Buffett cited himself, the third-richest person in the world, as an example. Last year, Buffett said, he was taxed at 17.7 percent on his taxable income of more than $46 million. His receptionist was taxed at about 30 percent.

Mankiw points out in response:

You might wonder how Mr Buffett managed such a low tax rate. Most likely, it arose because corporate dividends and capital gains are taxed at only 15 percent. But the corporate income that funded those returns was already taxed at the corporate level, where the tax rate is 35 percent. Mr Buffett seems to be ignoring the first round of taxation.
I think that's a pretty good point. Here's another. Assuming that the receptionist has a very generous salary of 100,000 dollars a year, she would have paid 30K in taxes. By contrast, by my rough calculation Buffett paid 8,142,000 dollars. If that's not clear enough, let me spell it out: The rich pay most of our taxes.

Greg LeMond's Doping Crusade

I think it's great that Greg LeMond has been pushing so hard for today's cyclists to come clean about doping. However, what would be even better is if he would tell all about what drugs, if any, he took when he was cycling, and also what drugs he observed others taking. It would set a nice example. As it stands now, his view seems to be that he is exempt from scrutiny.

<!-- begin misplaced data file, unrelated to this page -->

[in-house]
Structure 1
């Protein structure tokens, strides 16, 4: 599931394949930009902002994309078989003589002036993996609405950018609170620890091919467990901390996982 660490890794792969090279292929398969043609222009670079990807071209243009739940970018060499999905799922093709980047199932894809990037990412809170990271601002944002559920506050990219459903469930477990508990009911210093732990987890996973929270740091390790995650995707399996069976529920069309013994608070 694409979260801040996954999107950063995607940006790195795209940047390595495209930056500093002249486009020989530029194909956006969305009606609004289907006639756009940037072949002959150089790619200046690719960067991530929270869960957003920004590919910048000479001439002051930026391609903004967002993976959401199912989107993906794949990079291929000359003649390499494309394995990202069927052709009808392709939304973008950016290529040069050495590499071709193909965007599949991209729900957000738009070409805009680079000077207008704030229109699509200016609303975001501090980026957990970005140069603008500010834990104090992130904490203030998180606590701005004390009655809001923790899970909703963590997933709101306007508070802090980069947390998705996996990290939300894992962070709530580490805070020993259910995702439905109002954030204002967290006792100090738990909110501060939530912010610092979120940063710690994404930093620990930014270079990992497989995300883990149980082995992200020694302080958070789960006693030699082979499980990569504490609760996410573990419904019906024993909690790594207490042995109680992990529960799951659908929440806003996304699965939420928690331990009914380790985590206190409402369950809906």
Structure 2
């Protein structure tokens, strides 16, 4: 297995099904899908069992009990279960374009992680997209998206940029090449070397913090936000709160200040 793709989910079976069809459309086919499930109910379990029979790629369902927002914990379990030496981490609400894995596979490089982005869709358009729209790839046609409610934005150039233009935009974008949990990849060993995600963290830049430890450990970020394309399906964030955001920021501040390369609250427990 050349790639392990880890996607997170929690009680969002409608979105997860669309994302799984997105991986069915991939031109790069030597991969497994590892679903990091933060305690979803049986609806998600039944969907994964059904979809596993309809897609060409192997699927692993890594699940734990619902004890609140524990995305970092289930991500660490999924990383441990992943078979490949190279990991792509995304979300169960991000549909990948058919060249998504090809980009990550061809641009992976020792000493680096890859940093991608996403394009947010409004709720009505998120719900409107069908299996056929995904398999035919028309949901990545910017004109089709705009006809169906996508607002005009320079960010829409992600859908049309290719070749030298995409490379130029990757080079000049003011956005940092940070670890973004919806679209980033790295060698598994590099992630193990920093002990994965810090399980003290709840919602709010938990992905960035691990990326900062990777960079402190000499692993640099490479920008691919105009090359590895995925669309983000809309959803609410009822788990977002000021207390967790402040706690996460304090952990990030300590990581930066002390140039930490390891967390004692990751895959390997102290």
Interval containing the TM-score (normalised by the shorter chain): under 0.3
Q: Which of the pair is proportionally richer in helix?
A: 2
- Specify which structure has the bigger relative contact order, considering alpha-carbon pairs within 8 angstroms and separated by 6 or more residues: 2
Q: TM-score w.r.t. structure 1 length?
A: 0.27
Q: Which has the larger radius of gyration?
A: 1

How to use Tim Wakefield

There are many great ways to use Tim Wakefield. The Red Sox have been lucky to have him all these years.

Here's one new way that just occurred to me (apologies to anyone else who has already suggested this). Have him pitch to the first 9 batters only, and do this every two or three games. Then bring in the normal starter in relief. This could be a great way to throw off every hitter's timing and swing for the rest of the game.